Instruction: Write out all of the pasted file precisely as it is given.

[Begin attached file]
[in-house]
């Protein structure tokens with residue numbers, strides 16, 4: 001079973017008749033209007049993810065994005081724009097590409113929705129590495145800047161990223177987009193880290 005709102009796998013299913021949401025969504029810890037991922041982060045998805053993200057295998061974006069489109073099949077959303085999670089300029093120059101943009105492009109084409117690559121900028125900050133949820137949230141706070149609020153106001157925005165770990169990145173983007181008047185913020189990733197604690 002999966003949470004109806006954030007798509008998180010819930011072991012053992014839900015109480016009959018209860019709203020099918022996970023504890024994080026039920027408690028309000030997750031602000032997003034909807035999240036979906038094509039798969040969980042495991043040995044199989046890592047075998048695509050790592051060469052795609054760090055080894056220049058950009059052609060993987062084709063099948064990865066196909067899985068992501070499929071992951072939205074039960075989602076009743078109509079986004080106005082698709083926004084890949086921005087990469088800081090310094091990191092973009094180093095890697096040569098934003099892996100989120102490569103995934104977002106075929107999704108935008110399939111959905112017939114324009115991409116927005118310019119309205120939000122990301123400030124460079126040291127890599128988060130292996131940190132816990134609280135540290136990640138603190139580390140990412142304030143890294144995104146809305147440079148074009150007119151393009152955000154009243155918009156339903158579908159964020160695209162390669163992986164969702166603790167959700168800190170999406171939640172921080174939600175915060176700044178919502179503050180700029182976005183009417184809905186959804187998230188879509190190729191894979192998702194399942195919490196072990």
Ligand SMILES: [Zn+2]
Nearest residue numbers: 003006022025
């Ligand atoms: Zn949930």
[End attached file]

[in-house]
């Protein structure tokens with residue numbers, strides 16, 4: 001079973017008749033209007049993810065994005081724009097590409113929705129590495145800047161990223177987009193880290 005709102009796998013299913021949401025969504029810890037991922041982060045998805053993200057295998061974006069489109073099949077959303085999670089300029093120059101943009105492009109084409117690559121900028125900050133949820137949230141706070149609020153106001157925005165770990169990145173983007181008047185913020189990733197604690 002999966003949470004109806006954030007798509008998180010819930011072991012053992014839900015109480016009959018209860019709203020099918022996970023504890024994080026039920027408690028309000030997750031602000032997003034909807035999240036979906038094509039798969040969980042495991043040995044199989046890592047075998048695509050790592051060469052795609054760090055080894056220049058950009059052609060993987062084709063099948064990865066196909067899985068992501070499929071992951072939205074039960075989602076009743078109509079986004080106005082698709083926004084890949086921005087990469088800081090310094091990191092973009094180093095890697096040569098934003099892996100989120102490569103995934104977002106075929107999704108935008110399939111959905112017939114324009115991409116927005118310019119309205120939000122990301123400030124460079126040291127890599128988060130292996131940190132816990134609280135540290136990640138603190139580390140990412142304030143890294144995104146809305147440079148074009150007119151393009152955000154009243155918009156339903158579908159964020160695209162390669163992986164969702166603790167959700168800190170999406171939640172921080174939600175915060176700044178919502179503050180700029182976005183009417184809905186959804187998230188879509190190729191894979192998702194399942195919490196072990």
Ligand SMILES: [Zn+2]
Nearest residue numbers: 003006022025
């Ligand atoms: Zn949930």